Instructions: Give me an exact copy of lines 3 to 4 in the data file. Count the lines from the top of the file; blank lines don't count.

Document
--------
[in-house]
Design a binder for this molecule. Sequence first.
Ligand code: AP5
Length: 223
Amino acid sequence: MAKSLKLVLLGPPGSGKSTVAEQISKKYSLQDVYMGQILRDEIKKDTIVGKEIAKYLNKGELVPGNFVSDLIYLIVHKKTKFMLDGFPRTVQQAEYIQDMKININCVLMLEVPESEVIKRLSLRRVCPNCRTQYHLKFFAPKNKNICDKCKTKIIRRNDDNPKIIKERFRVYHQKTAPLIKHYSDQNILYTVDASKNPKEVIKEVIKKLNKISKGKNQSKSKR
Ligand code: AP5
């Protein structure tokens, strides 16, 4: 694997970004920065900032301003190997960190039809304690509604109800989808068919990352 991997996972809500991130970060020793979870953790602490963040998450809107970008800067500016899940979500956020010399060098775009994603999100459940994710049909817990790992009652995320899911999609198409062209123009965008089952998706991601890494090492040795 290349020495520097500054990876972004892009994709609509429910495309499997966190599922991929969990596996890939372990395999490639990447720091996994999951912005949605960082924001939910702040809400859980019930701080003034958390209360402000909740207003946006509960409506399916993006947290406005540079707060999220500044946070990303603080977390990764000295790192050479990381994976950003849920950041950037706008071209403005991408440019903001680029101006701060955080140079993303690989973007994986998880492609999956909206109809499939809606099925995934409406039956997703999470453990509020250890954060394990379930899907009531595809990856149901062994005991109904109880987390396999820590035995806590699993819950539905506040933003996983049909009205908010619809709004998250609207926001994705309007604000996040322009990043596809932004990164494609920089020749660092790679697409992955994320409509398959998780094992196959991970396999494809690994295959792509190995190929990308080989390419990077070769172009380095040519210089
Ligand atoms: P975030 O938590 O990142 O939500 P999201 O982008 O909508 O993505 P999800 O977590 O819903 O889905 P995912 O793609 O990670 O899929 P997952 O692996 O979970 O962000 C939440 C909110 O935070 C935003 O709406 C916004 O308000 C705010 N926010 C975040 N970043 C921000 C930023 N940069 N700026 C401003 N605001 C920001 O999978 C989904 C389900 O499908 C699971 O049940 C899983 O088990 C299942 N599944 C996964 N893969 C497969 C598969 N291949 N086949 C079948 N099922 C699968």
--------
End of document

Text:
Ligand code: AP5
Length: 223